With highly complex designs using clever product units, consultants and customers were led to believe that they had found the formula for generating above-average returns effortlessly (without risk). The fact is that issuer and seller earn well from it and the customer is lulled into a pseudo-security.

 

The effects of barriers, caps and “if-then formulas” are rarely comprehensible.

 

For example, there is a certificate from a basket of three indices (Euro STOXX 50, Nikkei 225 and the S&P 500), where the client receives his stake back after a certain term if none of the indices has lost more than 50% since the certificate was issued. If only one index loses more than 50% during the observation period, the performance of the worst fund is paid out at the end of the term. But it gets even better: If all indices are above their starting value on the observation days (which is what one should actually aim for), the capital investment is repaid early. Which serious bank advisor has to sell such a construct and which customer really needs such an investment? Probabilities are worked with, according to which certain situations (“Do you believe that big bank XY will go bankrupt?”) will allegedly not occur. However, practice (the market) shows that not everything on the stock exchanges and capital markets can be explained by highly complex series of figures. That would be too easy; occasionally common sense should be used!

 

IX. Insurance Trap

Investors also have the chance to lose their entire stake by buying a life insurance policy that invests the customers’ money in certificates. This seems similar to an investor who spends his money for his old-age provision on lottery tickets every week – because this lottery could also work out well. In such cases there can hardly be any question of needs-based mediation.

 

X. Cost Trap

For virtually no investor or advisor, the costs are transparent, such as management and trading commissions, hidden costs. This also includes the “spread”, i.e. the difference between the buying and selling price. Added to this are management costs, custody account fees, issue surcharges or sales commissions, and the hope of price gains – usually with a simultaneous waiver of dividends. With a view to the MiFiD financial markets directive, investors could demand a reversal due to a conflict of interest later.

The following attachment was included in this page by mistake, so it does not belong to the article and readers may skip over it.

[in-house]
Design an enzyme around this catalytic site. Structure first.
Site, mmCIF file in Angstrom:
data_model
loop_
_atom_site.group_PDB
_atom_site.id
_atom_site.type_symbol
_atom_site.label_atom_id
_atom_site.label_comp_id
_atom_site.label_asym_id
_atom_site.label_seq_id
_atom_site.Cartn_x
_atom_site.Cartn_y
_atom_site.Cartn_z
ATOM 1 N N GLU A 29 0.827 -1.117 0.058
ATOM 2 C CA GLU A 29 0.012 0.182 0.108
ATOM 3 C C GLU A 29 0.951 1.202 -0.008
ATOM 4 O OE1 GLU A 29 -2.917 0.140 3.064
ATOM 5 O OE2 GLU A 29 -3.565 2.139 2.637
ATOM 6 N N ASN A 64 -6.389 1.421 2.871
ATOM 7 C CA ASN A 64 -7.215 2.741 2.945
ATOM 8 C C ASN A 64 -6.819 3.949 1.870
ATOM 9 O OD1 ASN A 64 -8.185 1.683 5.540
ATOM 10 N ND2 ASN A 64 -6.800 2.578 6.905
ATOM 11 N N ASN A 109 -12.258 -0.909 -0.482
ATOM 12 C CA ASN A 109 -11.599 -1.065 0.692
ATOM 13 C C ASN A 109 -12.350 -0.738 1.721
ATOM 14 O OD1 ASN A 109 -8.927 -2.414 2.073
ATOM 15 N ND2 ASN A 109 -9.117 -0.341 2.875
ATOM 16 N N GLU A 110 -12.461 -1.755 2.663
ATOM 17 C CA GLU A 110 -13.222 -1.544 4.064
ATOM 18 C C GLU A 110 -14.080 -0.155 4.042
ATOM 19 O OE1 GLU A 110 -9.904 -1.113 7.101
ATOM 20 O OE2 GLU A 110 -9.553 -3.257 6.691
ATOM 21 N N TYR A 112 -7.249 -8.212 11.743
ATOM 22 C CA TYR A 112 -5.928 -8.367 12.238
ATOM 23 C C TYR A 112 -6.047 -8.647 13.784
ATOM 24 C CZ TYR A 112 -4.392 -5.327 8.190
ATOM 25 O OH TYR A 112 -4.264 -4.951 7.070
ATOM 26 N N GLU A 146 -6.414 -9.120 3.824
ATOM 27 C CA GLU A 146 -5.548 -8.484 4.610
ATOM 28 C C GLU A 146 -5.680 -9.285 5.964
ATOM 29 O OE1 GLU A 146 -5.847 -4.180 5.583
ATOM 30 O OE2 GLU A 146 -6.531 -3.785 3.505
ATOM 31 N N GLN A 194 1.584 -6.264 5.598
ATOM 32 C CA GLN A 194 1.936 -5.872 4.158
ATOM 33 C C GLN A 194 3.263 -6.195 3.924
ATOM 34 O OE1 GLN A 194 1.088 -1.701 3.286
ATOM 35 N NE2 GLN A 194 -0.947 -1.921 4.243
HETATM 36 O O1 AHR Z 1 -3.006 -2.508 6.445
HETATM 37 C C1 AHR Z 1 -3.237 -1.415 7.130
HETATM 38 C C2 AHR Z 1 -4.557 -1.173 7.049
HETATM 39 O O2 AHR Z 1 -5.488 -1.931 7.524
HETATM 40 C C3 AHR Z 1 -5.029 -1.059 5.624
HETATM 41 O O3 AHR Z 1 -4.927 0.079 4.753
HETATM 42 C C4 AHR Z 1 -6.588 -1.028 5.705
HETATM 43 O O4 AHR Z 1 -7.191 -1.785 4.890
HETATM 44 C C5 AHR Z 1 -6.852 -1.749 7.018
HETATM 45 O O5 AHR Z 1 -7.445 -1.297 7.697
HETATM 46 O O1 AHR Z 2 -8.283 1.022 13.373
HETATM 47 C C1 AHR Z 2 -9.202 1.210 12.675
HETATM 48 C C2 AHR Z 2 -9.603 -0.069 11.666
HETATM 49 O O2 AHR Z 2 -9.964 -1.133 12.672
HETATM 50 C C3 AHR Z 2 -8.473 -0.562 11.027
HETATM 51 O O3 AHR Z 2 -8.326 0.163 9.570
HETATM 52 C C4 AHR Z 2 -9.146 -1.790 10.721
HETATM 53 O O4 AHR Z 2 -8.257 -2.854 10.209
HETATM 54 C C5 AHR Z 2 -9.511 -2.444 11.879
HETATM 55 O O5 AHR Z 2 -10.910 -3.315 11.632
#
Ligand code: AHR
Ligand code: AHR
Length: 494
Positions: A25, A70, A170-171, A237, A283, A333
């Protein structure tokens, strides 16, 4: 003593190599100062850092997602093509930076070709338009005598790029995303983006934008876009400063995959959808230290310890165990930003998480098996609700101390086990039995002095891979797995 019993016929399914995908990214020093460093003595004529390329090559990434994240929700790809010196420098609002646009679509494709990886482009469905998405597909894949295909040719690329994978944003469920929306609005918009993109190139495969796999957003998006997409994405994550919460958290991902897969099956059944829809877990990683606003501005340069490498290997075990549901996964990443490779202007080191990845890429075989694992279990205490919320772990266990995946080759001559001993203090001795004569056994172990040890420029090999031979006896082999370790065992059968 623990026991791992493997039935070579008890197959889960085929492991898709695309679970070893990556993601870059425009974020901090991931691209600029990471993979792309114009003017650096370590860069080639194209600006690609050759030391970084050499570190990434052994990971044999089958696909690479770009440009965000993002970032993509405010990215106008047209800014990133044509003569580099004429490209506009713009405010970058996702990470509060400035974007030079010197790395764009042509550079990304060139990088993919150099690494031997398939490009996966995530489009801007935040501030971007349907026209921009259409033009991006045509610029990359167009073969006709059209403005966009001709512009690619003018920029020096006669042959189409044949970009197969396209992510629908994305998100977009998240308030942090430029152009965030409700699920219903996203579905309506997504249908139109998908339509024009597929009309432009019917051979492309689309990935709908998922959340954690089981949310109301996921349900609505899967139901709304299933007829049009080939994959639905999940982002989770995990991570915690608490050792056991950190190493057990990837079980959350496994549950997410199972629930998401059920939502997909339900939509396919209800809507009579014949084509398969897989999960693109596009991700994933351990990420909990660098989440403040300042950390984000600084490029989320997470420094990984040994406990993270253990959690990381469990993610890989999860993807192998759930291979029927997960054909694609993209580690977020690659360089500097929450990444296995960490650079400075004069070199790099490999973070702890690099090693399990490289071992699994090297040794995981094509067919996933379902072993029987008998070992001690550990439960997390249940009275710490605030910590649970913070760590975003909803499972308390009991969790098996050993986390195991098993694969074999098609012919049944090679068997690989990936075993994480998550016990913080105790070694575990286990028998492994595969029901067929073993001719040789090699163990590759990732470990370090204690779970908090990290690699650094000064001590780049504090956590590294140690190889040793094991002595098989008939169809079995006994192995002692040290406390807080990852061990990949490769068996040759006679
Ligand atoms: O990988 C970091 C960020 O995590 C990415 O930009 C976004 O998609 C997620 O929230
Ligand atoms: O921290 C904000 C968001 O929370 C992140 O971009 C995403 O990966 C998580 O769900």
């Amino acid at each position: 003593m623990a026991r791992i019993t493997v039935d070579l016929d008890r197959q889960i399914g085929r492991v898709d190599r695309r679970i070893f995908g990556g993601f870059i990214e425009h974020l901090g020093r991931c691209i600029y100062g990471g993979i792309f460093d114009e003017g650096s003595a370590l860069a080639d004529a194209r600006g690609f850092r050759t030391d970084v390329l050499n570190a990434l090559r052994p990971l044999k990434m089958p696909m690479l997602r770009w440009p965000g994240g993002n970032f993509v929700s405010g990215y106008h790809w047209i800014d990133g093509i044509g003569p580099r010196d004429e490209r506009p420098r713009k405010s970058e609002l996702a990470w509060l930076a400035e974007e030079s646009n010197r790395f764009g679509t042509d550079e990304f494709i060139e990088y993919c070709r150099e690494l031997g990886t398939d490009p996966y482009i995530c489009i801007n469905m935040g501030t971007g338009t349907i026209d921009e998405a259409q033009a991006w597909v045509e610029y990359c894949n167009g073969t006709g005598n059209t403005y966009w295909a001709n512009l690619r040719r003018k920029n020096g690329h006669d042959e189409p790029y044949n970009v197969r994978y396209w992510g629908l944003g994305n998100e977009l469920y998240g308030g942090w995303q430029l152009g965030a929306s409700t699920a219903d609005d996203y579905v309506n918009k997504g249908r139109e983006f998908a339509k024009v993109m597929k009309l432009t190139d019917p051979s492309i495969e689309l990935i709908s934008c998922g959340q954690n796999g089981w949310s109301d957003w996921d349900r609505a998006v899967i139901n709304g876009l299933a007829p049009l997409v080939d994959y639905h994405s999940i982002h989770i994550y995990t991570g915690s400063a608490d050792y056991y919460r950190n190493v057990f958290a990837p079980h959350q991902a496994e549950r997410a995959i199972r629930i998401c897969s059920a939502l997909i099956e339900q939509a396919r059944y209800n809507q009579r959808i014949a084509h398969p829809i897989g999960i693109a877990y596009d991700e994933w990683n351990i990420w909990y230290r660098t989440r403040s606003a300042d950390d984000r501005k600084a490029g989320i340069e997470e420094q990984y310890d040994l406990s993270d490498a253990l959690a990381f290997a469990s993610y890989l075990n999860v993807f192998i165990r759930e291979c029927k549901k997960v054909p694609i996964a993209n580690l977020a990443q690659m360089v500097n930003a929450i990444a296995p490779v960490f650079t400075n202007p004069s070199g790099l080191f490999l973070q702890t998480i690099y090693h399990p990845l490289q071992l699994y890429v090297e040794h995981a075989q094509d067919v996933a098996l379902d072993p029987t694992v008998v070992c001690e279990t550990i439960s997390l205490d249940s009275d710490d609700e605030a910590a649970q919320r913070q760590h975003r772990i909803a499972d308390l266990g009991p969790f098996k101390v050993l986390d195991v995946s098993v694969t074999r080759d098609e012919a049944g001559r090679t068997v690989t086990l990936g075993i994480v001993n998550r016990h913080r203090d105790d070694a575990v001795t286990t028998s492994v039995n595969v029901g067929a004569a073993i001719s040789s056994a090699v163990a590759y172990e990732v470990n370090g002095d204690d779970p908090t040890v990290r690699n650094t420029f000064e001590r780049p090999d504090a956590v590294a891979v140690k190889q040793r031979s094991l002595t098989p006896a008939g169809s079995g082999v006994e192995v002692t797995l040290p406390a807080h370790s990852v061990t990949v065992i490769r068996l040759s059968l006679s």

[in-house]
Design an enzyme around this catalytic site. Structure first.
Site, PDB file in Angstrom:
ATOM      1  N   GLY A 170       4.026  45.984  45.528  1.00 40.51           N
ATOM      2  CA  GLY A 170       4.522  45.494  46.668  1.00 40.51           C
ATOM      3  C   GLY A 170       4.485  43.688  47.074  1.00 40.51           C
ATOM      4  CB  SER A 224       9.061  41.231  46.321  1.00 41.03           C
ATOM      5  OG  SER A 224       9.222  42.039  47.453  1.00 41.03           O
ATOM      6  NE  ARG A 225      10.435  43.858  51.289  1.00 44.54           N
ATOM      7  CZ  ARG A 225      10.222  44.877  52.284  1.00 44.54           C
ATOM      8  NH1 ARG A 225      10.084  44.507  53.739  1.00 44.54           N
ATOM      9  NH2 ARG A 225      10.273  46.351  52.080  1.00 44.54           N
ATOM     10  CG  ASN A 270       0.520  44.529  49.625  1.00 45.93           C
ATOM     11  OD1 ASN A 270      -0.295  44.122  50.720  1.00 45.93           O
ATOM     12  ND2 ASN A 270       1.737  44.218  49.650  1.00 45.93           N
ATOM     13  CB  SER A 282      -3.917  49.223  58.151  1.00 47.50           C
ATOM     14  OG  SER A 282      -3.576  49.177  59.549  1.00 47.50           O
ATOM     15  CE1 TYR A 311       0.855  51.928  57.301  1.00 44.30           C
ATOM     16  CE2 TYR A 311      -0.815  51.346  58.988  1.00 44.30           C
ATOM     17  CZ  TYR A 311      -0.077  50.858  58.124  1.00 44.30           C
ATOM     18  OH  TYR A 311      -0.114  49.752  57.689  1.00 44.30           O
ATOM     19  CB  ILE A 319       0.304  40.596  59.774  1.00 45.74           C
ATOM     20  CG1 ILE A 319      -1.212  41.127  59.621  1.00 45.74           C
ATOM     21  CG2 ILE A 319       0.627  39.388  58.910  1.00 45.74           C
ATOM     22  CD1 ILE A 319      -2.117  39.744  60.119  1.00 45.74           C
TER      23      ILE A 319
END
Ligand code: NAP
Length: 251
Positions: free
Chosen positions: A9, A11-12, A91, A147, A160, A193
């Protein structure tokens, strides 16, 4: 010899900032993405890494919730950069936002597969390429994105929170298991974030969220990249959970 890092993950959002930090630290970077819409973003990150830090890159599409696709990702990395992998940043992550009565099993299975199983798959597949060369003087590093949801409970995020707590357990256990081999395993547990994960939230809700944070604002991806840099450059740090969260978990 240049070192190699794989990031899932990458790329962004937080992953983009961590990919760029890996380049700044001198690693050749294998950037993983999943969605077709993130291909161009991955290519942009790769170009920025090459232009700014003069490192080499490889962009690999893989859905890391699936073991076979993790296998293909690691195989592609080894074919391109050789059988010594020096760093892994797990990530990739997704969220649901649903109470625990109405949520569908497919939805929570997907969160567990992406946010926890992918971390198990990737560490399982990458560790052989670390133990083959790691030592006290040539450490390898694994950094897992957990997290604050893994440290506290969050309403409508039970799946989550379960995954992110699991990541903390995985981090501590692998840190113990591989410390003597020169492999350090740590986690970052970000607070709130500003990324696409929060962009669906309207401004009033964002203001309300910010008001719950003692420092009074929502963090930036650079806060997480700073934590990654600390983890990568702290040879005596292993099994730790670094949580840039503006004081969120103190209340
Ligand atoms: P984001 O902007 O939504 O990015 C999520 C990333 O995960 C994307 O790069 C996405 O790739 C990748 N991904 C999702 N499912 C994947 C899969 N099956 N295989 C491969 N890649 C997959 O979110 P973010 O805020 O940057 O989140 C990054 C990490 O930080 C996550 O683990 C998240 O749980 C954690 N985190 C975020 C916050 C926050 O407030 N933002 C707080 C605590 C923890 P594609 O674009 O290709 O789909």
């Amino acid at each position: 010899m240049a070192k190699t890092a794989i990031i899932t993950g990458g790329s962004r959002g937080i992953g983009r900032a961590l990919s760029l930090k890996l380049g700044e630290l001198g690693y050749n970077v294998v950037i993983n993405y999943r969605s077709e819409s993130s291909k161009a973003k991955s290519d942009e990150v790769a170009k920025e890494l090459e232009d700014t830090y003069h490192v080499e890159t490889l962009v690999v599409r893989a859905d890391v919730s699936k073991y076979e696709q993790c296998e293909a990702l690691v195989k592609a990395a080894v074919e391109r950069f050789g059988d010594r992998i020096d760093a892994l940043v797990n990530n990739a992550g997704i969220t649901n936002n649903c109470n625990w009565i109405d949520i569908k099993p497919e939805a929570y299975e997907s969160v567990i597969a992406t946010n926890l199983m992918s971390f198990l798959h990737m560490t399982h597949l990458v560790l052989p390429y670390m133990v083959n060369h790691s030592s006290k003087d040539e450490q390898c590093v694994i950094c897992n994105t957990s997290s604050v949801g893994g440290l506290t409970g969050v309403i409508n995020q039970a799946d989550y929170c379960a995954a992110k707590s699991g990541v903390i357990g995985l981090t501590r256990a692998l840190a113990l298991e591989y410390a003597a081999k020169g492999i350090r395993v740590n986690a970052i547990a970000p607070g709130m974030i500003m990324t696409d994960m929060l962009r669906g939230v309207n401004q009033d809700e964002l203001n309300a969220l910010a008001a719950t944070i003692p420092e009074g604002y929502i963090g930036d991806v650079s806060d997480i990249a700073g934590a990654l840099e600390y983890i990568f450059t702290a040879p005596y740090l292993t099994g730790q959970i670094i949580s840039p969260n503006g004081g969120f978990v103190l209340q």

XI. Administration Trap

Apart from this, some banks and asset managers have also placed such securities in the custody accounts of their investors without a suitable client order or suitable investment guidelines.

 

XII Security Trap

Such papers are also sold as “absolute return” products, which were offered to investors as a real alternative to money market investments – only with more interest. The catch later was significant and difficult to understand losses in value – conservative investors were often not aware of these capital loss risks of 25% and more. After the bursting of the Internet bubble, certificates were sold to conservative customers in particular, who had already been hit hard with stocks from the Neuer Markt and who were now trying to make up some of the losses they had suffered with their foam curbed. The consultants also sold it quite aggressively: “Participate in the positive developments on the capital markets and be protected at the downside”. Why did the Germans become world champions in certification? Certainly not because the customers in the other countries were dumber…

 

XIII Credit rating trap

And finally, the expert speaks of issuer risk, because certificates and derivatives are threatened with total loss – as happened with Lehman Brothers securities, for example. But also with numerous other renowned issuers/issuers of certificates, a precise analysis leads to the result of high risks due to deficient creditworthiness. The advertising slogan about “guarantees and 100% capital protection” from the brochures often falls short.